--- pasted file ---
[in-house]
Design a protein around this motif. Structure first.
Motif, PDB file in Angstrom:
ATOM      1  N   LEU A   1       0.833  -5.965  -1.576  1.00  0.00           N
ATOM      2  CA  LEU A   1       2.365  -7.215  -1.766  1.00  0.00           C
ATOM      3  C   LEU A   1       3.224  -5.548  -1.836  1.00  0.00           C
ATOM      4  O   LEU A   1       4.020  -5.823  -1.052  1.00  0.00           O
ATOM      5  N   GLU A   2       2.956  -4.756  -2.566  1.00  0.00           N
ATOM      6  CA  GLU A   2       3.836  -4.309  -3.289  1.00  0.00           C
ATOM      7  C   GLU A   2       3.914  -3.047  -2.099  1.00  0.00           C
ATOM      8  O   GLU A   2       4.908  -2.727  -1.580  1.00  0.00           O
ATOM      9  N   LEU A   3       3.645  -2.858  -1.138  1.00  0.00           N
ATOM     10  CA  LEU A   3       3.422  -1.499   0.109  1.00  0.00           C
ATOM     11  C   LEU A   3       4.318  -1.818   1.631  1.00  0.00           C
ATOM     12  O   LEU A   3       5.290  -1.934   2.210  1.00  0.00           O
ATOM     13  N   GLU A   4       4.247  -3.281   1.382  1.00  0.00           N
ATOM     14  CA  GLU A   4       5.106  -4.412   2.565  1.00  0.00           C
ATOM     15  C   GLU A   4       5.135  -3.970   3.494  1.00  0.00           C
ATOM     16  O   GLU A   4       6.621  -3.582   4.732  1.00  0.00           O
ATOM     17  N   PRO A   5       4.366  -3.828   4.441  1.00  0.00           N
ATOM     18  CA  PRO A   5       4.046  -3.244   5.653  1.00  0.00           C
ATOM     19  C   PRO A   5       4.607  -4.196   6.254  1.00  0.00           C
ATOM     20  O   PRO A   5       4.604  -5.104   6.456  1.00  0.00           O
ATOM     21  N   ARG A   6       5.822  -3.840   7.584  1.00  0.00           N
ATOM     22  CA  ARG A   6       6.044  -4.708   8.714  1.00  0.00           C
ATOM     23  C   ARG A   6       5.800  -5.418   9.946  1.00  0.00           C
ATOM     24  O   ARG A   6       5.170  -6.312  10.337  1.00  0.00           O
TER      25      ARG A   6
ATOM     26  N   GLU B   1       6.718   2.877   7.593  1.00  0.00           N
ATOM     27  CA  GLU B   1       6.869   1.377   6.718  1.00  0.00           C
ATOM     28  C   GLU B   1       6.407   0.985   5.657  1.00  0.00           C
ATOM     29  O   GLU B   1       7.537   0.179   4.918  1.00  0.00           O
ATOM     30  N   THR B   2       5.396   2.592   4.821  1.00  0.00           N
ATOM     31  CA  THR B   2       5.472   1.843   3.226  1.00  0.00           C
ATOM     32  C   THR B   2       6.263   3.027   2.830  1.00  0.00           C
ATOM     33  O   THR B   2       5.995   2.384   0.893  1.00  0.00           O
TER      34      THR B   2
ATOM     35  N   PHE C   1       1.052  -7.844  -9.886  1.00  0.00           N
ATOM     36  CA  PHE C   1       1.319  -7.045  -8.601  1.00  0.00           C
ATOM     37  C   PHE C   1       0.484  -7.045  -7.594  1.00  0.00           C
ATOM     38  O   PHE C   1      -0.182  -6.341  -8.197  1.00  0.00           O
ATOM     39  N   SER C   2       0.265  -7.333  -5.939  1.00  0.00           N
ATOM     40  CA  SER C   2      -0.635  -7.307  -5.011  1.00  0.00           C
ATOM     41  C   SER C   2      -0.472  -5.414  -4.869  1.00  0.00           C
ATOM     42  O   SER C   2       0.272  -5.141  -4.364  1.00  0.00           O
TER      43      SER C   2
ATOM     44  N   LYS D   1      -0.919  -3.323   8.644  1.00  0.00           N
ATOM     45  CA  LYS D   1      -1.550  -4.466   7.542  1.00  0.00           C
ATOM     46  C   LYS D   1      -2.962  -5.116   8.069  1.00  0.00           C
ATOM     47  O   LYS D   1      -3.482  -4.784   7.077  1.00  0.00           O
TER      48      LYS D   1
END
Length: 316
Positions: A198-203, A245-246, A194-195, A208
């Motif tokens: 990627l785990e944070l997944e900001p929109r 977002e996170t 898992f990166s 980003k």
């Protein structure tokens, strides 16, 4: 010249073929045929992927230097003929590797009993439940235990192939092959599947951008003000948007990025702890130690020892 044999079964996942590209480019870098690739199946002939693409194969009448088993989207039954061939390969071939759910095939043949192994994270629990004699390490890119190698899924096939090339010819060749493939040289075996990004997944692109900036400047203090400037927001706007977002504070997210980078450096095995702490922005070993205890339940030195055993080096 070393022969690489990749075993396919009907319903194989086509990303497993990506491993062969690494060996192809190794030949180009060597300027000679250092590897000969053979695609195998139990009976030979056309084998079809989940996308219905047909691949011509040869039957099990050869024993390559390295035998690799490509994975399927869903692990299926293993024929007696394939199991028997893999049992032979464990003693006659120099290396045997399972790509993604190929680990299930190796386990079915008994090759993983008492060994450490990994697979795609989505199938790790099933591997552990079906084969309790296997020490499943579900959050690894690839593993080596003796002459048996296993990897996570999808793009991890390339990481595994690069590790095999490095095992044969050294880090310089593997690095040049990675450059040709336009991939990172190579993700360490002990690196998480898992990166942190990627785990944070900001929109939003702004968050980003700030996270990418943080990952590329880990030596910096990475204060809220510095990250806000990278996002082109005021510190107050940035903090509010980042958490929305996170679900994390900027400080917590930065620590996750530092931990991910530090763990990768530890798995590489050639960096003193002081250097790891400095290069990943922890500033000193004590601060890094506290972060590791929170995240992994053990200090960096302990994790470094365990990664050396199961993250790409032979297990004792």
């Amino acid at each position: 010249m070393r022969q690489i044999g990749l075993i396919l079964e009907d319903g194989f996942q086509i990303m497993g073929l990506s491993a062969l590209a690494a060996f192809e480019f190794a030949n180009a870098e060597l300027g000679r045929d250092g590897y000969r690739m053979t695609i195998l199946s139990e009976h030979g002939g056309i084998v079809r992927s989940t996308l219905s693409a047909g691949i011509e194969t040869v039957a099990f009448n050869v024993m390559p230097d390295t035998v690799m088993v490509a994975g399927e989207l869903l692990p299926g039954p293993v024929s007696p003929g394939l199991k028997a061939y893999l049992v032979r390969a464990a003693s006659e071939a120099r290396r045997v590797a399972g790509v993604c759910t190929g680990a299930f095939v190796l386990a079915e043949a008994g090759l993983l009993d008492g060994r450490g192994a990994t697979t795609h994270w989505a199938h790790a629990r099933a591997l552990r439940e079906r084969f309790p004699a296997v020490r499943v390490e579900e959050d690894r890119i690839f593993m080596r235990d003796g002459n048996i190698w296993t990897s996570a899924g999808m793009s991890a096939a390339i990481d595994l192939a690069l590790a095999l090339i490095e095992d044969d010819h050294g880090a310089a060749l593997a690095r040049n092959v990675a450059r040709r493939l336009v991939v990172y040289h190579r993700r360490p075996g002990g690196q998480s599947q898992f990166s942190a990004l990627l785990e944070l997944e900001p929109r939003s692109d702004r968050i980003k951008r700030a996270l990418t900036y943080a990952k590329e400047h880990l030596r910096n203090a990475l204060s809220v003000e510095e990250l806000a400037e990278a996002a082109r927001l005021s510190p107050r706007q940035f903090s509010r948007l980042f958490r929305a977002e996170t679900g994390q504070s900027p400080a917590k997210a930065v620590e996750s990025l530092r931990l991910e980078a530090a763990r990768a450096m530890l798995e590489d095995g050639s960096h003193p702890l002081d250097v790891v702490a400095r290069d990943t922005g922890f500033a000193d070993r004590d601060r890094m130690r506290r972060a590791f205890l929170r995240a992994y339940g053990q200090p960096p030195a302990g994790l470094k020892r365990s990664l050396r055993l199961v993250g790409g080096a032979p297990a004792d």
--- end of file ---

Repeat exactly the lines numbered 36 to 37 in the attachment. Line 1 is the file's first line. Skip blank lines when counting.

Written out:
ATOM     33  O   THR B   2       5.995   2.384   0.893  1.00  0.00           O
TER      34      THR B   2